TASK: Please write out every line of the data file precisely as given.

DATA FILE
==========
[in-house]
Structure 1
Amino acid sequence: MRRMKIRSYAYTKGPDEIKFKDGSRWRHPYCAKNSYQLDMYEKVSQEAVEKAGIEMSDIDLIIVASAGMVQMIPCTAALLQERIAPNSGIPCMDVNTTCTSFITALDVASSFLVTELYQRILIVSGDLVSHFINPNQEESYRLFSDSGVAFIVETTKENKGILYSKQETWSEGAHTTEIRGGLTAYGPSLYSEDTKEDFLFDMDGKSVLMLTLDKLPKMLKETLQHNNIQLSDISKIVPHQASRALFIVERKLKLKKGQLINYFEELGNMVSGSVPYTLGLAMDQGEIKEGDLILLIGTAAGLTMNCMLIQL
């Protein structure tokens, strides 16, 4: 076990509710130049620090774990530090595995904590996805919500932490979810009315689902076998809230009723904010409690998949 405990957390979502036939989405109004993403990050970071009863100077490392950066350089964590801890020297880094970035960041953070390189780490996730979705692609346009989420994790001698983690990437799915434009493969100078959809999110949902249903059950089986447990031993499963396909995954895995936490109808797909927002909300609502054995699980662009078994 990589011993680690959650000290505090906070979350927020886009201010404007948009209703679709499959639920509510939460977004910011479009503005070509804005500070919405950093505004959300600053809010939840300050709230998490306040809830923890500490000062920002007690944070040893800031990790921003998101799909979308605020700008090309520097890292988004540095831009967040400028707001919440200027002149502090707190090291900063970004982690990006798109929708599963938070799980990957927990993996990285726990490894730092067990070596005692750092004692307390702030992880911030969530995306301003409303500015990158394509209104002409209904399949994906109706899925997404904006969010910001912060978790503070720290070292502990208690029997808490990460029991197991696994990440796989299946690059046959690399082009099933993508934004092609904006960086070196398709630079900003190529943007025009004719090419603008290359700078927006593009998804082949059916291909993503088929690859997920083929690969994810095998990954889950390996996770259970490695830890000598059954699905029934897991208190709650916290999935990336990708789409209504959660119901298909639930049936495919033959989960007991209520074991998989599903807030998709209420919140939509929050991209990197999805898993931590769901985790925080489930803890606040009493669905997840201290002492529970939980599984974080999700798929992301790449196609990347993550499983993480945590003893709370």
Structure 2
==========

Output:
[in-house]
Structure 1
Amino acid sequence: MRRMKIRSYAYTKGPDEIKFKDGSRWRHPYCAKNSYQLDMYEKVSQEAVEKAGIEMSDIDLIIVASAGMVQMIPCTAALLQERIAPNSGIPCMDVNTTCTSFITALDVASSFLVTELYQRILIVSGDLVSHFINPNQEESYRLFSDSGVAFIVETTKENKGILYSKQETWSEGAHTTEIRGGLTAYGPSLYSEDTKEDFLFDMDGKSVLMLTLDKLPKMLKETLQHNNIQLSDISKIVPHQASRALFIVERKLKLKKGQLINYFEELGNMVSGSVPYTLGLAMDQGEIKEGDLILLIGTAAGLTMNCMLIQL
């Protein structure tokens, strides 16, 4: 076990509710130049620090774990530090595995904590996805919500932490979810009315689902076998809230009723904010409690998949 405990957390979502036939989405109004993403990050970071009863100077490392950066350089964590801890020297880094970035960041953070390189780490996730979705692609346009989420994790001698983690990437799915434009493969100078959809999110949902249903059950089986447990031993499963396909995954895995936490109808797909927002909300609502054995699980662009078994 990589011993680690959650000290505090906070979350927020886009201010404007948009209703679709499959639920509510939460977004910011479009503005070509804005500070919405950093505004959300600053809010939840300050709230998490306040809830923890500490000062920002007690944070040893800031990790921003998101799909979308605020700008090309520097890292988004540095831009967040400028707001919440200027002149502090707190090291900063970004982690990006798109929708599963938070799980990957927990993996990285726990490894730092067990070596005692750092004692307390702030992880911030969530995306301003409303500015990158394509209104002409209904399949994906109706899925997404904006969010910001912060978790503070720290070292502990208690029997808490990460029991197991696994990440796989299946690059046959690399082009099933993508934004092609904006960086070196398709630079900003190529943007025009004719090419603008290359700078927006593009998804082949059916291909993503088929690859997920083929690969994810095998990954889950390996996770259970490695830890000598059954699905029934897991208190709650916290999935990336990708789409209504959660119901298909639930049936495919033959989960007991209520074991998989599903807030998709209420919140939509929050991209990197999805898993931590769901985790925080489930803890606040009493669905997840201290002492529970939980599984974080999700798929992301790449196609990347993550499983993480945590003893709370």
Structure 2